The boy, Joseph Abel, was able to meet his birth family and hear about his birth parents (“Joseph also was impressed to learn his birth father was a professional soccer and volleyball player!”). His grandmother thanked God for Joseph’s visit because she doesn’t think she’ll live much longer. Joseph was also able to get a photo album of some of his baby pictures and was able to determine his actual birthday from a banner in one of the photos. I can’t imagine what a treasure that would be.
They also visited the care center where they had lived and heard local history about donkeys.
I don’t know this family at all, but it’s cool to read about their story and the opportunity for these kids to travel back to their homeland. These children were adopted when they were older and have a greater connection to Ethiopia with families, memories and even language, but traveling back to Ethiopia is something we’ve always wanted to do with Milo. I hope someday when he’s old enough and prepared for it we can do that. Maybe even more than once.
The April issue of National Geographic has an in-depth story on water in Southern Ethiopia. This hits home for a number of reasons—including our continuing commitment to clean water (we’re trying to build a well, remember?) and the fact that Southern Ethiopia is Milo’s birthplace.
I’ll pull out some especially poignant moments, but I’d suggest you read the whole article (read the printer version to avoid pagination)
- The article follows Aylito Binayo, a 25-year-old woman who lives in the village of Foro, in the Konso district of southwestern Ethiopia. Her life story can be told around watershe dropped out of school at 8, in part to help her mother haul water. Today she spends 8 hours a day hauling water for her family. And the water she brings home is dirty and unsafe.
- Hauling water is women’s work. The only time a man hauls water is in the few weeks after a child is born.
- Here’s an incredible picture (second picture in the flash slideshow—silly National Geographic, not giving direct links to pictures). Villagers digging a trench for pipes to bring water to their village. They sing while they work: “We can do anything!”
- The author carries a jerry can of water (weighing 50 pounds) with Binayo, but can’t make it up the hill. The author switches with a child, who has half a can of water, but the child can’t make it up the steep part of the hill: “Binayo takes the heavy jerry can from the girl and puts it on her own back, on top of the one she is carrying. She shoots us both a look of disgust and continues up the mountain, now with nearly 12 gallons of water—a hundred pounds—on her back.” I carried 40 pounds of water last year—it sucked.
- The average American uses 100 gallons of water a day in the home. Binayo uses two and a half.
- She washes her hands with water “maybe once a day,” but not with soap, since her family can’t afford it. She bathes “only occasionally.” They don’t elaborate on what ‘occasionally’ means.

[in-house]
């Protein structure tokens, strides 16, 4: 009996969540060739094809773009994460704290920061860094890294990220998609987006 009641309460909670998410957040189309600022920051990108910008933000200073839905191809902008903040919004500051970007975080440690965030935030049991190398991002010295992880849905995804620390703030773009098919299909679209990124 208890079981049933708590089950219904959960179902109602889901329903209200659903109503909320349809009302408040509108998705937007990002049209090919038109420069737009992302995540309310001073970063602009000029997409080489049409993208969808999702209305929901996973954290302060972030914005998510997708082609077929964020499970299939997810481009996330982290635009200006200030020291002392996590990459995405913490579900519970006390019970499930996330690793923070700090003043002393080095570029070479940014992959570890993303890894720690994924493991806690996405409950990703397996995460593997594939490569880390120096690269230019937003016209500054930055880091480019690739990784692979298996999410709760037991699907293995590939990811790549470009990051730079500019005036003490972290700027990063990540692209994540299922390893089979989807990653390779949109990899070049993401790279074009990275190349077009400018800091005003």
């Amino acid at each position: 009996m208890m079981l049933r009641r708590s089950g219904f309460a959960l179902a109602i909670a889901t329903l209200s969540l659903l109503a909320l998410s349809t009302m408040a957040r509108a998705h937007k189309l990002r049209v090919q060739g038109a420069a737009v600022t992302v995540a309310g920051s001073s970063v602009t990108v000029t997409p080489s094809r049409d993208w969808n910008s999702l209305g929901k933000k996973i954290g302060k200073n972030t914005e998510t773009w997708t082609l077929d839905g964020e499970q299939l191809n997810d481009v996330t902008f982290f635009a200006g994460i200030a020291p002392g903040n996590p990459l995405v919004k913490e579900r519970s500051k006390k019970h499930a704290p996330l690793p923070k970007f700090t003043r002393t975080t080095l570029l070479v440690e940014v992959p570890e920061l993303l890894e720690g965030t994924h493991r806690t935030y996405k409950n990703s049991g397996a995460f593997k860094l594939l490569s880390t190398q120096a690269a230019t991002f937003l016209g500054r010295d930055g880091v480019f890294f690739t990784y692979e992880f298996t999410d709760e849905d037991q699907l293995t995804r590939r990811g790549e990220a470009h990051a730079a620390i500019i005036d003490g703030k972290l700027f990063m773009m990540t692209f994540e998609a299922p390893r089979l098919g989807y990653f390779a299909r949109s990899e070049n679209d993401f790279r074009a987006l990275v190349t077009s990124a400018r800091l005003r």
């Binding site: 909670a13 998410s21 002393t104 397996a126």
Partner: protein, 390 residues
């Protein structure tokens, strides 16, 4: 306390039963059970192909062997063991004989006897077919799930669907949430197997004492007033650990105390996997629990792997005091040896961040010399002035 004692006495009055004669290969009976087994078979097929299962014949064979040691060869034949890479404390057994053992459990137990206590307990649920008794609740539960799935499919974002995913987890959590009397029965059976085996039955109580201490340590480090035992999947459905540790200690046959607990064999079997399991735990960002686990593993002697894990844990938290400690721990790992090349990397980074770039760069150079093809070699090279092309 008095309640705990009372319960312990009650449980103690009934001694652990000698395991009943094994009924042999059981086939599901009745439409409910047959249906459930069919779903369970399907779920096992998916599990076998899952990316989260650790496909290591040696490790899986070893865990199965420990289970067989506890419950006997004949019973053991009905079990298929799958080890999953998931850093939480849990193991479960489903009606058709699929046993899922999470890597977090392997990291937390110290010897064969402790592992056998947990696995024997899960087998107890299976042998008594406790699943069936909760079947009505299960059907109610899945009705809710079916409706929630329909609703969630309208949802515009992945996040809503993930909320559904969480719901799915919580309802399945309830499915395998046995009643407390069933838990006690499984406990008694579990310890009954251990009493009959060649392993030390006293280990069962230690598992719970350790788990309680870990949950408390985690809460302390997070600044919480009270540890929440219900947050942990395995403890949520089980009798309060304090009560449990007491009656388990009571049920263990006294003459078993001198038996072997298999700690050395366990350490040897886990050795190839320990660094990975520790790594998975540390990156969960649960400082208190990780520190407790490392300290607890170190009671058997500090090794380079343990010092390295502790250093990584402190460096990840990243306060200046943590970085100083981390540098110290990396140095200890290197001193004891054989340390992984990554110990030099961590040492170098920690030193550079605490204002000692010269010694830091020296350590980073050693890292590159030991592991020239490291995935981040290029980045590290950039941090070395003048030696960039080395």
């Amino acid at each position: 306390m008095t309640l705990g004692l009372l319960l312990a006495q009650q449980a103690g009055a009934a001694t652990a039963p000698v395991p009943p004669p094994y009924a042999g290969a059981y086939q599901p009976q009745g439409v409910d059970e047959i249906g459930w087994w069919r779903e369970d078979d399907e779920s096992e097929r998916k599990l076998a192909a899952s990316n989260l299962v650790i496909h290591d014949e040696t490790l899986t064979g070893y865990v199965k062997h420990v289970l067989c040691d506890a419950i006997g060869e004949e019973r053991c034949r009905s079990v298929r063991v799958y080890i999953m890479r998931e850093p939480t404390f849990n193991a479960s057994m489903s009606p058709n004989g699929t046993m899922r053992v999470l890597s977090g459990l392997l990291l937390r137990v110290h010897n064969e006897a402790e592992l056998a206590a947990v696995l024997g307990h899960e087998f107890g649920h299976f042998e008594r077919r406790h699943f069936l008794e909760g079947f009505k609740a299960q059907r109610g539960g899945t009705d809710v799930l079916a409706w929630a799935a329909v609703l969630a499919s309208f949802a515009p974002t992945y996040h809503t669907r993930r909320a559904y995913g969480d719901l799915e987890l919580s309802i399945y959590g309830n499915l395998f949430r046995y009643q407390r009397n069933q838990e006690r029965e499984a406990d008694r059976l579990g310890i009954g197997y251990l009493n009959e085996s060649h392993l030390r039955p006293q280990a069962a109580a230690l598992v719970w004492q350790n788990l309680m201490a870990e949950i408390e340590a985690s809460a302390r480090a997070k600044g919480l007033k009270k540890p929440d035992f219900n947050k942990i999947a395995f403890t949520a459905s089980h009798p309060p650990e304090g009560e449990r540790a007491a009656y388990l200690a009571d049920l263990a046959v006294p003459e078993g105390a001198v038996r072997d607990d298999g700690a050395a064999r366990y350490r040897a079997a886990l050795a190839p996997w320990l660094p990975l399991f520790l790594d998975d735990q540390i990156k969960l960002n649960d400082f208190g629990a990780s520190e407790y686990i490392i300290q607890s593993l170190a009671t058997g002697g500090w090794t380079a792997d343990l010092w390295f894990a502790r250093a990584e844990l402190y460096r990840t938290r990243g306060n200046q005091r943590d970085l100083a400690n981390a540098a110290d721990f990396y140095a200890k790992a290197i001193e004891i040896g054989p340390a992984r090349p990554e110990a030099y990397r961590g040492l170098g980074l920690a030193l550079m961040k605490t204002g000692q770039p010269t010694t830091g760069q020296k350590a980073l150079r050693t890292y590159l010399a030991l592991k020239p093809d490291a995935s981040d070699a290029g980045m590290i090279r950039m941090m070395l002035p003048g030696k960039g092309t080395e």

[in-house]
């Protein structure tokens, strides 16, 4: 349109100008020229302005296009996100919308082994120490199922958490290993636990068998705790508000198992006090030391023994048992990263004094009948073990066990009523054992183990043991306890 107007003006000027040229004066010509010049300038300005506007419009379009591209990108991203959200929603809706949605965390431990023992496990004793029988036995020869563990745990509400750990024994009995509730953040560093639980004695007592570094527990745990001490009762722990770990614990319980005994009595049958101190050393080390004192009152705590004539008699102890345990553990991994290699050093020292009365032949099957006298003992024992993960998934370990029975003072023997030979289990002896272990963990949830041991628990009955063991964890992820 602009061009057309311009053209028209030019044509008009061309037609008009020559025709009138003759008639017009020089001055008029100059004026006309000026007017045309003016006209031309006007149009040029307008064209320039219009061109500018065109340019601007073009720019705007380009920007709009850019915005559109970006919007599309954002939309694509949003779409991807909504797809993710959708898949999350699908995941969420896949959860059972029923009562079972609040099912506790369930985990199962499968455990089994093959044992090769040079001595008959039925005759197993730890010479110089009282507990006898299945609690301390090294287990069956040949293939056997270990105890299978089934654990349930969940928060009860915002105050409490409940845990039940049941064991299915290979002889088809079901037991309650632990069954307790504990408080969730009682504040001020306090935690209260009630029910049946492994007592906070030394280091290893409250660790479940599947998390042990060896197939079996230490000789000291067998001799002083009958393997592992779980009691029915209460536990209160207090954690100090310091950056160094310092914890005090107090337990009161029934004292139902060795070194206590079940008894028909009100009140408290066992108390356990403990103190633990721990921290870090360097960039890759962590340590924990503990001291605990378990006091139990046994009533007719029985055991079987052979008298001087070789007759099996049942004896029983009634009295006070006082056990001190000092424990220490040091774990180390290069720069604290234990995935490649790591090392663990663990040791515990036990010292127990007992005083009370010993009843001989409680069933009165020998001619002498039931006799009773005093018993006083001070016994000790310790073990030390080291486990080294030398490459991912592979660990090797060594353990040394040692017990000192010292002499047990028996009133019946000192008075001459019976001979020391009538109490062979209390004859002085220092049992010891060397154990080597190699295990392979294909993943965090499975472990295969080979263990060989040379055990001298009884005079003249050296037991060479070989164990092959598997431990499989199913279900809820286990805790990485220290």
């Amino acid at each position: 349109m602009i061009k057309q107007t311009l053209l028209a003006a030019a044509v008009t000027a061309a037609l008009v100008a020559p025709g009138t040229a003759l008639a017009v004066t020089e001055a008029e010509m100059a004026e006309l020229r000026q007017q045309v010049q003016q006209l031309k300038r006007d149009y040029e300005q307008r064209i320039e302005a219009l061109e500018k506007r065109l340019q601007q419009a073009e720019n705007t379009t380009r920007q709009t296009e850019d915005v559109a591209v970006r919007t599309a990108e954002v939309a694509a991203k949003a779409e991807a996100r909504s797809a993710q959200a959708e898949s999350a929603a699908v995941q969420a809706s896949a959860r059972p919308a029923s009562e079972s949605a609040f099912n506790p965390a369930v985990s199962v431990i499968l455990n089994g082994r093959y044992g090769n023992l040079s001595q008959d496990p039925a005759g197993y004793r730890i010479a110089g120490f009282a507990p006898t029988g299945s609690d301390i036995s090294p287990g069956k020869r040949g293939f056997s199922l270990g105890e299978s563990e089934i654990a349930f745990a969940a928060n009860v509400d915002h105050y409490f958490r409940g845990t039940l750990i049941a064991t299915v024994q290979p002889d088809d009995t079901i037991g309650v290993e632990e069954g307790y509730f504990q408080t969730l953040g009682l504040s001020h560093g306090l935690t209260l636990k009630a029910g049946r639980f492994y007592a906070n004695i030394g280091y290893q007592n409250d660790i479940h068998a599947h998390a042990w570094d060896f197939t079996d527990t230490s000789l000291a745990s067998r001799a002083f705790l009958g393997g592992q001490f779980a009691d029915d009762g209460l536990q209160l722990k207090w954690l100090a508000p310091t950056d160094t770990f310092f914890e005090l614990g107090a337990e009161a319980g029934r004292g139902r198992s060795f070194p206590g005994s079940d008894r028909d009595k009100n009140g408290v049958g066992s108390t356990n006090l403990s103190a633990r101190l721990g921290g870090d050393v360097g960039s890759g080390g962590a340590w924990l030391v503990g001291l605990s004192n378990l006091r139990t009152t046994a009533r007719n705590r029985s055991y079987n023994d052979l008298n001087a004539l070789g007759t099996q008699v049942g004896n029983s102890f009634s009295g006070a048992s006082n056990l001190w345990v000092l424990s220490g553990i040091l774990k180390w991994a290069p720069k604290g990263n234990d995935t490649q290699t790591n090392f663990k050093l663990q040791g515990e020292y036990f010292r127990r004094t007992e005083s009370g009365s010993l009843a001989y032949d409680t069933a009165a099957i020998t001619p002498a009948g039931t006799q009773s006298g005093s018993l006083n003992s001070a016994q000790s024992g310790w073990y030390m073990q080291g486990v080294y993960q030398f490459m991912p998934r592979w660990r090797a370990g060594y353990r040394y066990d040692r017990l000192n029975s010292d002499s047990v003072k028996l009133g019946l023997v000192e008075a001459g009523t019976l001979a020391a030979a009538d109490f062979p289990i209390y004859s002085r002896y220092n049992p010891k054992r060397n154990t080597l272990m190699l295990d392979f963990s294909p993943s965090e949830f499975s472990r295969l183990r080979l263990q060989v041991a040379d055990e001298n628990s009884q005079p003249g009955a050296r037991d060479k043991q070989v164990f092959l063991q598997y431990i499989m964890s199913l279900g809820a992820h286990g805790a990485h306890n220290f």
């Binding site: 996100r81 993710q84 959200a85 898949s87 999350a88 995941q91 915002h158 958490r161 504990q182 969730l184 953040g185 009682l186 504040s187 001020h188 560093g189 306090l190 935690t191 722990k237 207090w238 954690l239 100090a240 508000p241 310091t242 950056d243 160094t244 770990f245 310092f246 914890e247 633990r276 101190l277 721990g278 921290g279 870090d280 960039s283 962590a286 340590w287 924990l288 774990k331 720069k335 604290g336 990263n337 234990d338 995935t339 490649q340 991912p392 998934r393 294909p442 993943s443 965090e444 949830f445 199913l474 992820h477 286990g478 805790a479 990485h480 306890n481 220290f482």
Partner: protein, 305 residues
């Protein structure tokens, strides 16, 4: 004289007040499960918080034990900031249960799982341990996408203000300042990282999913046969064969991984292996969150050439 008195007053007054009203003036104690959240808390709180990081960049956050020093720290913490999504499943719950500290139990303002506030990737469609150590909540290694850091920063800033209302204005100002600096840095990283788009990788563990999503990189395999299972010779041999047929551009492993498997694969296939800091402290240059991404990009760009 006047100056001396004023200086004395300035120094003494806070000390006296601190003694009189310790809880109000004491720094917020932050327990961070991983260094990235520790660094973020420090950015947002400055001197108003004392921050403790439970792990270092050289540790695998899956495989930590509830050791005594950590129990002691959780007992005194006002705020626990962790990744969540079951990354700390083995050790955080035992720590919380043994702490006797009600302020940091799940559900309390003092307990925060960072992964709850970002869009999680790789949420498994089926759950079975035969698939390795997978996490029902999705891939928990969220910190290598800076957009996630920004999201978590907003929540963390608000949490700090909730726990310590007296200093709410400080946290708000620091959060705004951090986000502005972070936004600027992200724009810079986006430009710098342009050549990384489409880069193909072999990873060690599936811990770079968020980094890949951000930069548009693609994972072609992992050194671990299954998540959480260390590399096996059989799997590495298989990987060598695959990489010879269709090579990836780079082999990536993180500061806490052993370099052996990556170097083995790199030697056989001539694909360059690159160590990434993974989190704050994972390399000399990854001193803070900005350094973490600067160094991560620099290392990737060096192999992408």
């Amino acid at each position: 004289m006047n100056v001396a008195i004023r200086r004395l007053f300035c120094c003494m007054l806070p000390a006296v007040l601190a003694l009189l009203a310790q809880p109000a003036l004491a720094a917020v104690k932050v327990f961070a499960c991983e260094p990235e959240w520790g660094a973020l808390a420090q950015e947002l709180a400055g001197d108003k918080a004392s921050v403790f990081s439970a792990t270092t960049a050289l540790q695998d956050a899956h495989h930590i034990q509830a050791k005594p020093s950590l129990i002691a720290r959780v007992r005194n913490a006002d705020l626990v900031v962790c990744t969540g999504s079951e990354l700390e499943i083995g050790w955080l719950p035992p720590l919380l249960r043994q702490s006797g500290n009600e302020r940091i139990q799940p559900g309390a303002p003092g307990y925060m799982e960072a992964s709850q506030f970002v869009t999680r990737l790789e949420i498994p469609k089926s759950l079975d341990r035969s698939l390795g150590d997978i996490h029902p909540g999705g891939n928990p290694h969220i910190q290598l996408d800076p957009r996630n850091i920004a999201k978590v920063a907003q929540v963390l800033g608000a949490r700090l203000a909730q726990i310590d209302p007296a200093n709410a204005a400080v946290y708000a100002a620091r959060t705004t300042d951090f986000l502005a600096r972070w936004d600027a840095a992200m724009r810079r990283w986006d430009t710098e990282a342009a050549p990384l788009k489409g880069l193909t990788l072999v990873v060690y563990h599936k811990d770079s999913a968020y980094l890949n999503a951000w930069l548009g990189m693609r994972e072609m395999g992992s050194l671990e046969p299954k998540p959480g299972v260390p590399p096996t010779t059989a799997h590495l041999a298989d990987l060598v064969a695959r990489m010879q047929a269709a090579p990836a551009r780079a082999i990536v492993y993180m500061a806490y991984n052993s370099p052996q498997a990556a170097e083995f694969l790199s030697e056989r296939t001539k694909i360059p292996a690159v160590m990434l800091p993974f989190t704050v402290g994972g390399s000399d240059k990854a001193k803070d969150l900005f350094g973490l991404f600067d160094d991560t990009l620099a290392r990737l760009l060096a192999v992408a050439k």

- She washes clothes once a year: “We don’t even have enough water for drinking—how can we wash our clothes?”
- Another incredible picture. A group of women in Northern Kenya walking across a desert to get water—they’re carrying the same yellow jerry can I did last year. Let me tell you—it sucks.
The article ends on a heart-breaking note:
“She has never dared think that someday life could change for the better.”
That’s a brutal reality we’ve left our fellow brothers and sisters in. That’s why a portion of the proceeds from my book are going to build a well in Ethiopia. I hope you’ll buy a copy. Or forget the book—make a donation directly to charity: water.
I’ve avoided blogging non-stop about my book, so it seems safe to talk about it again (go buy a copy!). There are a few cool things to report:
- First and foremost, we’ve officially raised $784 for charity: water. That’s clean water for 39 people. Only $4,216 to go. But unofficially another $96 has been raised by books sold that I haven’t been paid for yet, which brings us to…
- My jaw dropped the other night when I saw this tweet: “I LOVE your book. I just ordered 40 copies 4 gifts in my adoption classes.” Wow. That’s just incredible. (Speaking of which, if you’re interested in multiple copies of my book, let’s talk—I can make you a deal.)
- That massive order, plus the other books sold and our pre-order, puts us at 114 copies of Addition by Adoption sold. I’m now in the top 21% of the publishing industry (if you like facts that don’t mean much). Not too shabby for a self-published collection of Twitter posts.
- I’ve also signed up to have a booth at the annual Ethiopian picnic in the Twin Cities, the Summer Mehaber. It’s put on by the Ethiopian Kids Community, an organization that serves families with Ethiopian American children, so it’s a lot of adoptive families. I’m hoping it will be an ideal audience for the book, but I’m also a little freaked out about what to do with a 10′ x 20′ booth. I’m also hoping to hire some people to run the booth for me, both because sitting in a booth all day and hocking my book is something I’d be terrible at, plus I’d rather be at the picnic with my family all day. It also means diving deep into the real world of marketing—spending money to make money. It sounds ridiculous, but I don’t have a lot of first hand experience with marketing and direct sales (i.e., how many books do I need to sell at the event to cover all my expenses and make it worthwhile?). I’m just a writer!
At any rate, the book project keeps marching on.